A Translation of Plato's Sophist with an Introductory Commentary

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Peter Lang, 2009 - Philosophy - 147 pages
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In the last five years, Web 2.0 applications - vast virtual worlds, multiplayer online games, social networking, and file sharing among them - have inspired new notions of what it might mean to be literate in the twenty-first century. While previous scholarship on Web 2.0 has focused on its social and recreational uses, this book explores its ability to enrich and transform the educational experience of children and young people. It discusses the opportunities and risks presented by this large-scale shift in popular engagement with new media, and uses illustrative vignettes to document the work of innovative educators who construct new ways of thinking and being around Web 2.0.
 

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A refreshingly different approach to a difficult dialogue.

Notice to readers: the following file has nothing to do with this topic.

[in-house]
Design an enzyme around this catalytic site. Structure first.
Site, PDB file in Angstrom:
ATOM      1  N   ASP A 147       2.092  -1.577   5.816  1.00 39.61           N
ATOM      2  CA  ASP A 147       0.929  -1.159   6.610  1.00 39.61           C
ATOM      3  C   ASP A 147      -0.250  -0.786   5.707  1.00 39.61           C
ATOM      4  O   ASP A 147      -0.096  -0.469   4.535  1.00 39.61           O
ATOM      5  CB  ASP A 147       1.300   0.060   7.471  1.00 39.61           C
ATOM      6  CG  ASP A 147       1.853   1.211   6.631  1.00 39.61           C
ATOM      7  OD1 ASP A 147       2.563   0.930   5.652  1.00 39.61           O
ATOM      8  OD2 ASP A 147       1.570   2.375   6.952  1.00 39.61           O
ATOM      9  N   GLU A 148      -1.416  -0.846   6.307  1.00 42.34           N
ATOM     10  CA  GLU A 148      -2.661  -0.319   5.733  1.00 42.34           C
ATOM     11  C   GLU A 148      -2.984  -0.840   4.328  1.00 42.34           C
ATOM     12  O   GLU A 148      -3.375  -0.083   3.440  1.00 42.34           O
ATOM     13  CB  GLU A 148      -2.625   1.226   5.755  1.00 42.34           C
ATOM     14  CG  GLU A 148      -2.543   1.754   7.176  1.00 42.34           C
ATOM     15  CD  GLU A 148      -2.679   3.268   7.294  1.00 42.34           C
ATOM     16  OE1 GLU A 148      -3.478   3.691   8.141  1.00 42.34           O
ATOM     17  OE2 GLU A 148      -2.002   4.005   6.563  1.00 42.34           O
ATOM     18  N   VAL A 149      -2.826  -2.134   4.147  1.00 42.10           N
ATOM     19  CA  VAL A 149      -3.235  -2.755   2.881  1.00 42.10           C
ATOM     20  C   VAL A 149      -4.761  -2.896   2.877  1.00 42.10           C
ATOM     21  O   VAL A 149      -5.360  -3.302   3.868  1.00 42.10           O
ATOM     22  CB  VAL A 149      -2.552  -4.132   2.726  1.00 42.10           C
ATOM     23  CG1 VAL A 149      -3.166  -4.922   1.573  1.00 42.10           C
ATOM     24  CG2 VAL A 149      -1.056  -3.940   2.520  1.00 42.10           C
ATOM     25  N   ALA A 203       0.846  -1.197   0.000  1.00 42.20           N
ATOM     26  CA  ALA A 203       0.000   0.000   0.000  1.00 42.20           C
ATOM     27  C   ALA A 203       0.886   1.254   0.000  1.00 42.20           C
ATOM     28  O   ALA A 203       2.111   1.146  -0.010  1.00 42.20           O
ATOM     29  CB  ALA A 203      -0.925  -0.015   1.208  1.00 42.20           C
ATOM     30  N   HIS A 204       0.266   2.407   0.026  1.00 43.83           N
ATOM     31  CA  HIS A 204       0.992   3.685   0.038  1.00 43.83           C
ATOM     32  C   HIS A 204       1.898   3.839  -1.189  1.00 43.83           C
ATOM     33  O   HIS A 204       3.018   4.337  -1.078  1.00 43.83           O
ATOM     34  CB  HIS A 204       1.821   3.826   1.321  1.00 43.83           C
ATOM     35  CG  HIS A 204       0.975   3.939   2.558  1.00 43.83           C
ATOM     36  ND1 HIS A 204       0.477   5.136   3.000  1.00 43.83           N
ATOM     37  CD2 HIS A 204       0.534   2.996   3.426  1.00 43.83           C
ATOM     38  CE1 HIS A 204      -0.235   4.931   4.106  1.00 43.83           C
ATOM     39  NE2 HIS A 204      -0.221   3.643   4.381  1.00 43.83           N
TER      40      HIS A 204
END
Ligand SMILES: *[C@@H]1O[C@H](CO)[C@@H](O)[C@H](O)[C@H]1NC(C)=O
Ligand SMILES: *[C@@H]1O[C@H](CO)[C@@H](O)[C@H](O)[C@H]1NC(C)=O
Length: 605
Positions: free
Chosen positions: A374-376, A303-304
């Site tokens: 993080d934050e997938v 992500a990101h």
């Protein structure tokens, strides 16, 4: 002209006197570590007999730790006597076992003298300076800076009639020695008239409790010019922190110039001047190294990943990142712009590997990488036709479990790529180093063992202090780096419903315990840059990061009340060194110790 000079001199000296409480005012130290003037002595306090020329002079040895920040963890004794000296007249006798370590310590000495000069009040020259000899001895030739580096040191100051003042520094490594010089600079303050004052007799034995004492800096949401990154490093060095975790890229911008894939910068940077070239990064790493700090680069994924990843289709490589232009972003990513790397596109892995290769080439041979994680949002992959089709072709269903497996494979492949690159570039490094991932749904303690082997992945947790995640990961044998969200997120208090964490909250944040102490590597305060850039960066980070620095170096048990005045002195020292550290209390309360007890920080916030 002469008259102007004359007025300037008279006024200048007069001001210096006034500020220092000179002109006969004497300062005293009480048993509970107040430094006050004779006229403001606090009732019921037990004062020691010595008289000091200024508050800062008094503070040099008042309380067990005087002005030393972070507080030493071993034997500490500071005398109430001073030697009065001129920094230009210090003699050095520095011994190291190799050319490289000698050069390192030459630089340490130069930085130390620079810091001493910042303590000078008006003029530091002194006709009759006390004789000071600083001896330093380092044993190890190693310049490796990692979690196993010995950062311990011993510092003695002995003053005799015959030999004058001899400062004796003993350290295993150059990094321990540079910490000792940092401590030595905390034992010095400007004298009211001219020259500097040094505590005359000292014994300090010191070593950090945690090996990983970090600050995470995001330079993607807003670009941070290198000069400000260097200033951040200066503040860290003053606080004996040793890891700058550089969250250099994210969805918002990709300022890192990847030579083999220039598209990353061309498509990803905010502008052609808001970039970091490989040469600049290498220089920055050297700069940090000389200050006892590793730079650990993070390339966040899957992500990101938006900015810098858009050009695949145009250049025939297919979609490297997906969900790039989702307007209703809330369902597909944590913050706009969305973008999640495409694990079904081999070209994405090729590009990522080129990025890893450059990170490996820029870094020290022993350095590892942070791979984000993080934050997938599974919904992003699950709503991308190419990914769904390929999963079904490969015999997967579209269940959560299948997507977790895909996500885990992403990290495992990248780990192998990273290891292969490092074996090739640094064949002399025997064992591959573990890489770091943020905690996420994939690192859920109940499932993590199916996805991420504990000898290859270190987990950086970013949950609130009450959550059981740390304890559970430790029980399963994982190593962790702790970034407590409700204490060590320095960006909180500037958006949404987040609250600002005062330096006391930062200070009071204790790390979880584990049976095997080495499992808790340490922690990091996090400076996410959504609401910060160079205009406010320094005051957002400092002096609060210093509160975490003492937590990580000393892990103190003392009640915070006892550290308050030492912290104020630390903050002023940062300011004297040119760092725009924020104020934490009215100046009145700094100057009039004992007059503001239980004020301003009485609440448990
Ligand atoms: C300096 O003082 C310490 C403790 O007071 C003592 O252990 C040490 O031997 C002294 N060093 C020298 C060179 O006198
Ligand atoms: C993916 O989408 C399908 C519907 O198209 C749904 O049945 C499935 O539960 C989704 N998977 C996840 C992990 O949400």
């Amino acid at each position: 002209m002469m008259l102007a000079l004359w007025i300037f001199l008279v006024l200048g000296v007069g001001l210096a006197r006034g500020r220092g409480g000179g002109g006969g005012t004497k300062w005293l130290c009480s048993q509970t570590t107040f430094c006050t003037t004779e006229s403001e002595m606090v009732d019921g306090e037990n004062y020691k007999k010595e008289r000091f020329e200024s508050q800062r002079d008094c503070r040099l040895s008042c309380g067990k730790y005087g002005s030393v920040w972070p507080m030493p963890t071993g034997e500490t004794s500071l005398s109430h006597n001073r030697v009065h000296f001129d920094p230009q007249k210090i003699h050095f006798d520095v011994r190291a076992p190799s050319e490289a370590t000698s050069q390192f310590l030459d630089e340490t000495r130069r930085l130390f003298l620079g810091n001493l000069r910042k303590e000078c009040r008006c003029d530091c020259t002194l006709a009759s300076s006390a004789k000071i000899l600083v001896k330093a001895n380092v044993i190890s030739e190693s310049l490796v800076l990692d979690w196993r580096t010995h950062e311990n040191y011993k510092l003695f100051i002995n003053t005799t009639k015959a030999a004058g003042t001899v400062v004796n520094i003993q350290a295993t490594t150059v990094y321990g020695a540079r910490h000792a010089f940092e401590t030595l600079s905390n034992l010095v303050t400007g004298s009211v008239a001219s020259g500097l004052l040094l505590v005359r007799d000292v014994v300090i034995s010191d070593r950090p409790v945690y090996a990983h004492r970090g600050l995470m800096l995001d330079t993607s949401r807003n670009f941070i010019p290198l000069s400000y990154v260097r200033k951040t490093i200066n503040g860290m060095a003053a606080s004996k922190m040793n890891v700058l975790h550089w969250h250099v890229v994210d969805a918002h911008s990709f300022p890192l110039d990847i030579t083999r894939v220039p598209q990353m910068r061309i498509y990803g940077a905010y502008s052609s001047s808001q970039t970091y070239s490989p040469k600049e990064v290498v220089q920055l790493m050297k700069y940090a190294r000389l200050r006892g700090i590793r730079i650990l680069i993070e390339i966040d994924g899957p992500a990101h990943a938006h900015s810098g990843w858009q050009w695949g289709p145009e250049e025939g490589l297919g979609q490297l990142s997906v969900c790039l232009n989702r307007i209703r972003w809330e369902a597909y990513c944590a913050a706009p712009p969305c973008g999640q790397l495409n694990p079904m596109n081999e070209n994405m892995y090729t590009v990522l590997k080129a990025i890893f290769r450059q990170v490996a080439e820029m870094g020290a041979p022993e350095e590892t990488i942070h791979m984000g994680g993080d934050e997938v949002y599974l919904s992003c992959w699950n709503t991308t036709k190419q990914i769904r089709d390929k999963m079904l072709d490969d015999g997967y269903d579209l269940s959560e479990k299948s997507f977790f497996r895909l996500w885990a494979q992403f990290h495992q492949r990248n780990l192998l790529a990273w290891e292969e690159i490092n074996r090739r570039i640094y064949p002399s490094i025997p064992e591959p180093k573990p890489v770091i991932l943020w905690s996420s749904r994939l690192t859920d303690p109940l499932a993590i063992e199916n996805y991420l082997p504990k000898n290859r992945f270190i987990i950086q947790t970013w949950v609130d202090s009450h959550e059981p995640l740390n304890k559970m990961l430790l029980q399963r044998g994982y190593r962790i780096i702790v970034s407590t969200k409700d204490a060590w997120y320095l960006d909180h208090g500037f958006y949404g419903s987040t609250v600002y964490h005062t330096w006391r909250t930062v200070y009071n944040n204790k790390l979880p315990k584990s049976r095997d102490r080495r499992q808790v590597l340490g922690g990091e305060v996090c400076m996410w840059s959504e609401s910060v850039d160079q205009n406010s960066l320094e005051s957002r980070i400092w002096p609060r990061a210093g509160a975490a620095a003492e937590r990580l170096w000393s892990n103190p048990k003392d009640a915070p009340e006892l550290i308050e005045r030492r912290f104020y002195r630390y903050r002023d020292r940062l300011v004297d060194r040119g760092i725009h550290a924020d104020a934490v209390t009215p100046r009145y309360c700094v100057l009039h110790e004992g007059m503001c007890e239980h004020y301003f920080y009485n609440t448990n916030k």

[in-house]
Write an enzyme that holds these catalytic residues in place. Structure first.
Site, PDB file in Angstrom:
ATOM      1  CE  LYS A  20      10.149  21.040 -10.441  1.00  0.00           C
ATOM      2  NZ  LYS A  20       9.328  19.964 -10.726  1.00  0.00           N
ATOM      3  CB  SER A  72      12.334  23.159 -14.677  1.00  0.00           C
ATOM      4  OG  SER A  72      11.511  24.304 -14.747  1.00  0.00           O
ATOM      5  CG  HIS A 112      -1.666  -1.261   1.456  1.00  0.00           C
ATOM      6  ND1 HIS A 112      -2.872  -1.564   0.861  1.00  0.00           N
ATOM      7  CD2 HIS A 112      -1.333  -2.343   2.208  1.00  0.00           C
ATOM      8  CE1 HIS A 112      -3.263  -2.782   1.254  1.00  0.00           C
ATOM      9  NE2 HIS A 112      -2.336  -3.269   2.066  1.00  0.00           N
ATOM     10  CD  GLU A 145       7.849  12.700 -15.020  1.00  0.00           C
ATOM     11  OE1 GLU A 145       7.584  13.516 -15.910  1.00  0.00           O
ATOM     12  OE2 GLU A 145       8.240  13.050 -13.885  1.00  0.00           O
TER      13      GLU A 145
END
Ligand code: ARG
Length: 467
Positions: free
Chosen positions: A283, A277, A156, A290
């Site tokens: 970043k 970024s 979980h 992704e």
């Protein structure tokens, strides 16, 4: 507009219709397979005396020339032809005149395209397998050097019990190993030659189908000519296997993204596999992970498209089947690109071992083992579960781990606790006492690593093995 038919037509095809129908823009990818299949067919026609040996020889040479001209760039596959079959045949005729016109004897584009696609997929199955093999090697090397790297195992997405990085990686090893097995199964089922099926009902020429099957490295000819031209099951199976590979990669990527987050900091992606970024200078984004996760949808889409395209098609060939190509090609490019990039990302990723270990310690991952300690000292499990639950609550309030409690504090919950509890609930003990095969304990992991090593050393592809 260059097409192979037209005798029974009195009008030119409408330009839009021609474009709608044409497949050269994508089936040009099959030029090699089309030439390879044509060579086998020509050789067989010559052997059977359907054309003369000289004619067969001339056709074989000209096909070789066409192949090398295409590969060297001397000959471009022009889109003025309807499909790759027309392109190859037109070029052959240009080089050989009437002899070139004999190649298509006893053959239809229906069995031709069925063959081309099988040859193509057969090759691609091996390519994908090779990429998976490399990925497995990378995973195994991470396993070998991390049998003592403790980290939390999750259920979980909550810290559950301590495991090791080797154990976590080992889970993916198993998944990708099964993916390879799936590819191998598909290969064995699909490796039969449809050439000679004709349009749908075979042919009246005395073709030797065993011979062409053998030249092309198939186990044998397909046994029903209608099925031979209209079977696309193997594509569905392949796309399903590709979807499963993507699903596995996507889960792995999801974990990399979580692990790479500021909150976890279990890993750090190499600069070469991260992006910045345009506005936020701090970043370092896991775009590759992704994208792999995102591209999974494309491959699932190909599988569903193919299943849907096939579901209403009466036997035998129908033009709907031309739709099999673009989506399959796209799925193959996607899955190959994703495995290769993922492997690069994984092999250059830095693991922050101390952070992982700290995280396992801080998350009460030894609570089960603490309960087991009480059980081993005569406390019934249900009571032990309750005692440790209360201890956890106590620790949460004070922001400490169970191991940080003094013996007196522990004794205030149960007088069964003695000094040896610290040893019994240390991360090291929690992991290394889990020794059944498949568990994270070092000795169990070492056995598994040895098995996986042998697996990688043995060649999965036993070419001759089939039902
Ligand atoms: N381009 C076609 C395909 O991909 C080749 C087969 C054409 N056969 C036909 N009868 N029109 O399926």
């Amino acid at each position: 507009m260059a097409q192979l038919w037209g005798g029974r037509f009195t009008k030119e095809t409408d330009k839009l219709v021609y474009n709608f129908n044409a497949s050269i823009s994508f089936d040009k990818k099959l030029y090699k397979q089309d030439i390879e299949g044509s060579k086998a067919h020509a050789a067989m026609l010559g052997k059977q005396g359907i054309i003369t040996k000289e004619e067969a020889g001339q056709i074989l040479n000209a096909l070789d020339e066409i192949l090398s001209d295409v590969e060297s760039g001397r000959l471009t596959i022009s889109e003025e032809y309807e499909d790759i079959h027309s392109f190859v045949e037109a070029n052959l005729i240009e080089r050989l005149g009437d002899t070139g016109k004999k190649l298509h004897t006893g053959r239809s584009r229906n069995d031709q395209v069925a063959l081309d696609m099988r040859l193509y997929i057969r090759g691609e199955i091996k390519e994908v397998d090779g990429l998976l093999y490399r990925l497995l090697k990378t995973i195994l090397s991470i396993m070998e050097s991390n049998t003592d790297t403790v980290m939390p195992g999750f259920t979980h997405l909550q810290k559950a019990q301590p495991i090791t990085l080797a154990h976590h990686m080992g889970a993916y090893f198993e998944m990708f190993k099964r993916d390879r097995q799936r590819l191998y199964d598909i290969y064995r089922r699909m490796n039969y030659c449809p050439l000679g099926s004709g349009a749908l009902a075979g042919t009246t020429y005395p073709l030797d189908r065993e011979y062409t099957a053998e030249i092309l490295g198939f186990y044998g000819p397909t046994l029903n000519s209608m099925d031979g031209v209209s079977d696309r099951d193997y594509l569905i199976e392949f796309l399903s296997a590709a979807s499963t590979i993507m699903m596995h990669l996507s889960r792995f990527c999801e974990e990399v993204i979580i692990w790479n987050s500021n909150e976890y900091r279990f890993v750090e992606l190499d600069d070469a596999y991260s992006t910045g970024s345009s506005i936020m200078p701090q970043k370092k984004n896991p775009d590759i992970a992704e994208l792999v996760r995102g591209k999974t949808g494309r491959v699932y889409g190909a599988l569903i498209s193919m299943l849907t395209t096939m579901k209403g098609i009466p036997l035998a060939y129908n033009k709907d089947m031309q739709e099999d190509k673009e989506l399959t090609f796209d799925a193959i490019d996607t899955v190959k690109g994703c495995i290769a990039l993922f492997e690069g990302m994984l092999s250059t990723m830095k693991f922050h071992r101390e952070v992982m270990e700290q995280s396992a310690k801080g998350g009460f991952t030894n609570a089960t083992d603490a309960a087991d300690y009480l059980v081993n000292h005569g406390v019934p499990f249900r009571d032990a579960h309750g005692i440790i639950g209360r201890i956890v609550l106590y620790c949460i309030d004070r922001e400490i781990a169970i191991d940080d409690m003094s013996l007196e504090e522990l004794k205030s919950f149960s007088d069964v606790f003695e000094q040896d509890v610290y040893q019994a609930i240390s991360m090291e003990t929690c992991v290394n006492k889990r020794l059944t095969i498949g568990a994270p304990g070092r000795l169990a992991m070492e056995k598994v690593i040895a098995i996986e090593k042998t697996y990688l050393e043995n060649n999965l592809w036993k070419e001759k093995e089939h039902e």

Contents

THE DEFINITION OF A SOPHIST
4
How the difficulties arise for the account of false belief
38
The objection to being 249D250E
51
The otherness of the other greatest kinds 254B255E
57
The proof that nonbeing is a being 257B258C
63
Notes to the Commentary
70
Notes to the Translation
136
Bibliography
143
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About the author (2009)

The Translator: James Duerlinger is Professor of Philosophy at the University of Iowa. His areas of specialization are Greek philosophy, Buddhist philosophy, and philosophy of religion.

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